ERBAMONT EPIRUBICIN NDA TO BE RESUBMITTED IN EARLY 1988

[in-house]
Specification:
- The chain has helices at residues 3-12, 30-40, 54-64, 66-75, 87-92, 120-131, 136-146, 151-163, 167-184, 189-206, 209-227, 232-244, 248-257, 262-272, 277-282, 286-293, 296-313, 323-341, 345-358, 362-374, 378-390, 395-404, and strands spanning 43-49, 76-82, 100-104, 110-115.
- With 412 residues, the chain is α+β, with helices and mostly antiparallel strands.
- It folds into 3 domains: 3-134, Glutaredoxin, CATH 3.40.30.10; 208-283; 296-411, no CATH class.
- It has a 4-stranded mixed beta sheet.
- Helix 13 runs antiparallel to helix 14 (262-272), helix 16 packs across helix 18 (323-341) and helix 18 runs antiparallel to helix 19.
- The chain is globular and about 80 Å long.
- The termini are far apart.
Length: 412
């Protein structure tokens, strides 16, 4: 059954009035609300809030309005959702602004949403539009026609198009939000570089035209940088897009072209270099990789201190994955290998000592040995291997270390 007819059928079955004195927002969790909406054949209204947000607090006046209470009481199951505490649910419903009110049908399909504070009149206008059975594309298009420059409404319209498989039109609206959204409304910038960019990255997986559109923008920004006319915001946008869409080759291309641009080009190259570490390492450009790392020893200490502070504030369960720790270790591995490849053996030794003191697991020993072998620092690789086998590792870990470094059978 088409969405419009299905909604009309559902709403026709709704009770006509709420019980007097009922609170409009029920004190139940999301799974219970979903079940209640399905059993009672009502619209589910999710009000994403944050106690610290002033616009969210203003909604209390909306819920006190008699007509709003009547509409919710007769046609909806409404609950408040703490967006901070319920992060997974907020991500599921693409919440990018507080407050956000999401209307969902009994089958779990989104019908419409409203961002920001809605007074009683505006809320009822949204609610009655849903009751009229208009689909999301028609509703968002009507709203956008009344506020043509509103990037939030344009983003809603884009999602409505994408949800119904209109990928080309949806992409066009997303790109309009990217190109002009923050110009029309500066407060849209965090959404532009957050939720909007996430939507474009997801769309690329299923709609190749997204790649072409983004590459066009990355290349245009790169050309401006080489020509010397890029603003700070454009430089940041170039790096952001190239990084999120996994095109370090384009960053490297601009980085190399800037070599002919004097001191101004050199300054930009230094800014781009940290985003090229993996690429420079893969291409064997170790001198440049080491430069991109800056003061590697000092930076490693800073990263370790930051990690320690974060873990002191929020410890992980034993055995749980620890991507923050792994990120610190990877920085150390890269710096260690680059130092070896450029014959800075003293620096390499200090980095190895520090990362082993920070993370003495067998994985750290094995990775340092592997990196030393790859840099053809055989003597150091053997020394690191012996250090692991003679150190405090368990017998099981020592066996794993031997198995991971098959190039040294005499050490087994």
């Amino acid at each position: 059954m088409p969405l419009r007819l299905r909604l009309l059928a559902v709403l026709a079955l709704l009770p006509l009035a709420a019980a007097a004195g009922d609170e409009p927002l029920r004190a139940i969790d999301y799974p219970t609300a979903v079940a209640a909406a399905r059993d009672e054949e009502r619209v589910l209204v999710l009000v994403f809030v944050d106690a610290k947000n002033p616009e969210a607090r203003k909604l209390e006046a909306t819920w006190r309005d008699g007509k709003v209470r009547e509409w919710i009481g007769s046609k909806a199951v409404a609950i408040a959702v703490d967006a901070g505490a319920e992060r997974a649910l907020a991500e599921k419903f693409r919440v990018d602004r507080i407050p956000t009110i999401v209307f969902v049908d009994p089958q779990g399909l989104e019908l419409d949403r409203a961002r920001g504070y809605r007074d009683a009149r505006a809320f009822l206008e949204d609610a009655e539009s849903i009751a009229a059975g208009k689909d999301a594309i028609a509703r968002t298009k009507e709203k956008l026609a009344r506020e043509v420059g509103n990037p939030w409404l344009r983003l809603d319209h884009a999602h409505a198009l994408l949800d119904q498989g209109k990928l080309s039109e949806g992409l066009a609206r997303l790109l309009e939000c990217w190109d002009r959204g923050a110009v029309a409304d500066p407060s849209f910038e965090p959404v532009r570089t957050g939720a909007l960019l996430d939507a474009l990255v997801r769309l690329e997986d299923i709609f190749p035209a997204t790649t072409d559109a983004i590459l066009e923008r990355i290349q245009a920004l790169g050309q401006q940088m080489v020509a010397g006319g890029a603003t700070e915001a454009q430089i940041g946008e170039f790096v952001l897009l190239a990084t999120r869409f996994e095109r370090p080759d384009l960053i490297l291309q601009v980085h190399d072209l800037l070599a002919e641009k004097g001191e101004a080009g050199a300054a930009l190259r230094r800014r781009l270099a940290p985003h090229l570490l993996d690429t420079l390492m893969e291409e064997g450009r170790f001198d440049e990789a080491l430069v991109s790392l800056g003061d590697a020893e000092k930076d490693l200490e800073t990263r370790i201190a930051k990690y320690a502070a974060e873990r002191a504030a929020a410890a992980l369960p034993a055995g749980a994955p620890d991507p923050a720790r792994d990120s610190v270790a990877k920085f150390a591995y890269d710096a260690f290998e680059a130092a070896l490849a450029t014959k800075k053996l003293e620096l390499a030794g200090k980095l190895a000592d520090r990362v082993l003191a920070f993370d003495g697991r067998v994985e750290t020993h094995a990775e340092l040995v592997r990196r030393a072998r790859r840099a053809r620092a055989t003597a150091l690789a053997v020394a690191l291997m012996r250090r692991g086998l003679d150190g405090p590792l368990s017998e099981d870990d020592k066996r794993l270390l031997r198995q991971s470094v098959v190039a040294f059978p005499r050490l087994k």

ERBAMONT EPIRUBICIN NDA TO BE RESUBMITTED IN EARLY 1988, the Italian firm's Chief Financial Officer Richard Williams announced May 7 at Goldman Sachs' annual health care seminar in New York. Currently marketed in 40 countries including the U.K. and Canada, the second generation anthracycline Pharmarubicin (epirubicin) accounted for 9%, or about $55 mil. of Erbamont's total $616 mil. human pharmaceutical volume in 1986. The company withdrew its NDA for use in breast cancer following an unfavorable review by FDA's Oncological Drugs Advisory Committee in 1985. "Pharmarubicin . . . exhibits lower acute and chronic toxicity than Adriamycin (doxorubicin) while maintaining a high degree of efficacy," Williams maintained. "As such it extends the benefits of anthracycline therapy to the elderly and other high risk patients." Adriamycin, however, remains Erbamont's flagship product. The company reported that doxorubicin sales accounted for one third, or just over $200 mil. of total pharmaceutical volume. Introduced in the mid-1970s, Adriamycin "is often included in multidrug regimens and has become the mainstay of chemotherapy," Williams pointed out. "New proprietary formulations and delivery systems for Adriamycin will be introduced over the next few years to further protect our market position after patents expire," he said. One of the company's more promising anticancer products under development for the U.S. market, according to Williams, is idarubicin, "a parenterally and orally active agent effective in treating hematological cancer and solid tumors." He siad clinical trials are currently underway in both the U.S. and Europe, and that the company hopes to have sufficient data to file for initial registration "in several European countries" by the end of this year. Meanwhile, Erbamont has taken steps to ensure its position as a leading full line anticancer agent supplier by broadening its line of branded generic products. Williams noted that during 1986 the company introduced a vincristine product, called Vincasar, in the U.S. and finalized an inlicensing agreement to acquire eight additional branded generic antineoplastics. The first launch is scheduled for this year. In addition, Williams pointed out that extensions of the Folex (methotrexate) line were made in 1986. Erbamont's current R&D pipleline includes "23 drug entities," including 20 discovered by Erbamont and three licensed agents. Williams predicted that the products would begin to reach the market in 1989 or 1990. The firm's development work in the infectious disease area is focused on two classes of antibiotics, penems and ansamycins. While Erbamont's first penem product is just reaching the clinic, the ansamycin product rifabutin is currently in Phase III. Rifabutin is the subject of a Centers for Disease Control study to examine its effects on atypical mycobacteria in patients with AIDS and in rifampin-resistant tuberculosis. In the cardiovascular area, Erbamont said it expects to begin U.S. clinical trials late in 1987 for its lipid lowering agent Olbetam (acitimox). In addition, studies are continuing for the development of a sustained release formulation. The company reported that about 16% of its 1986 pharmaceutical sales were in the cardiovascular area, dominated by Sermion (nicergoline), which accounted for 8% of total drug sales. Asked about Erbamont's interest in a possible U.S. acquisition, Williams responded: "Our intention has been, ever since Erbamont was spun off and started, that a major acquisition would be part of our growth strategy. We are not in a position where we believe that we are willing to pay the premiums that have been in the market place with American Critical Care, etc."
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